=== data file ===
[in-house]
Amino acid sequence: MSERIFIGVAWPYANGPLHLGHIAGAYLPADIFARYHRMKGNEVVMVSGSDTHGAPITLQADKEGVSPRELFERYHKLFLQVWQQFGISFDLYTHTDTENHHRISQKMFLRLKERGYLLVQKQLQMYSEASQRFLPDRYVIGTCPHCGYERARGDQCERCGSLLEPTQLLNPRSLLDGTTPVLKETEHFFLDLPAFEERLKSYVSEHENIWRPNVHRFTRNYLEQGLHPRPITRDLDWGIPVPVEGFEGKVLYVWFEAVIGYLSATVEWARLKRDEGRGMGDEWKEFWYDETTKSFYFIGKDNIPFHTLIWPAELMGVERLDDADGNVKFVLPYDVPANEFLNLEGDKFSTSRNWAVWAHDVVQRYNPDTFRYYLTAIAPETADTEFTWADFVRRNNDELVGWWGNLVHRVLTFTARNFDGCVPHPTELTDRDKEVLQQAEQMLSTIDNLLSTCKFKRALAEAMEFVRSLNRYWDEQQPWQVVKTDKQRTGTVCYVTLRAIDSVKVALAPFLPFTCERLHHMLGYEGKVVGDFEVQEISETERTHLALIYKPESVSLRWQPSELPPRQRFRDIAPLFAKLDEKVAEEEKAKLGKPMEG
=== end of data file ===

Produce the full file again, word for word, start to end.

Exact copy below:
[in-house]
Amino acid sequence: MSERIFIGVAWPYANGPLHLGHIAGAYLPADIFARYHRMKGNEVVMVSGSDTHGAPITLQADKEGVSPRELFERYHKLFLQVWQQFGISFDLYTHTDTENHHRISQKMFLRLKERGYLLVQKQLQMYSEASQRFLPDRYVIGTCPHCGYERARGDQCERCGSLLEPTQLLNPRSLLDGTTPVLKETEHFFLDLPAFEERLKSYVSEHENIWRPNVHRFTRNYLEQGLHPRPITRDLDWGIPVPVEGFEGKVLYVWFEAVIGYLSATVEWARLKRDEGRGMGDEWKEFWYDETTKSFYFIGKDNIPFHTLIWPAELMGVERLDDADGNVKFVLPYDVPANEFLNLEGDKFSTSRNWAVWAHDVVQRYNPDTFRYYLTAIAPETADTEFTWADFVRRNNDELVGWWGNLVHRVLTFTARNFDGCVPHPTELTDRDKEVLQQAEQMLSTIDNLLSTCKFKRALAEAMEFVRSLNRYWDEQQPWQVVKTDKQRTGTVCYVTLRAIDSVKVALAPFLPFTCERLHHMLGYEGKVVGDFEVQEISETERTHLALIYKPESVSLRWQPSELPPRQRFRDIAPLFAKLDEKVAEEEKAKLGKPMEG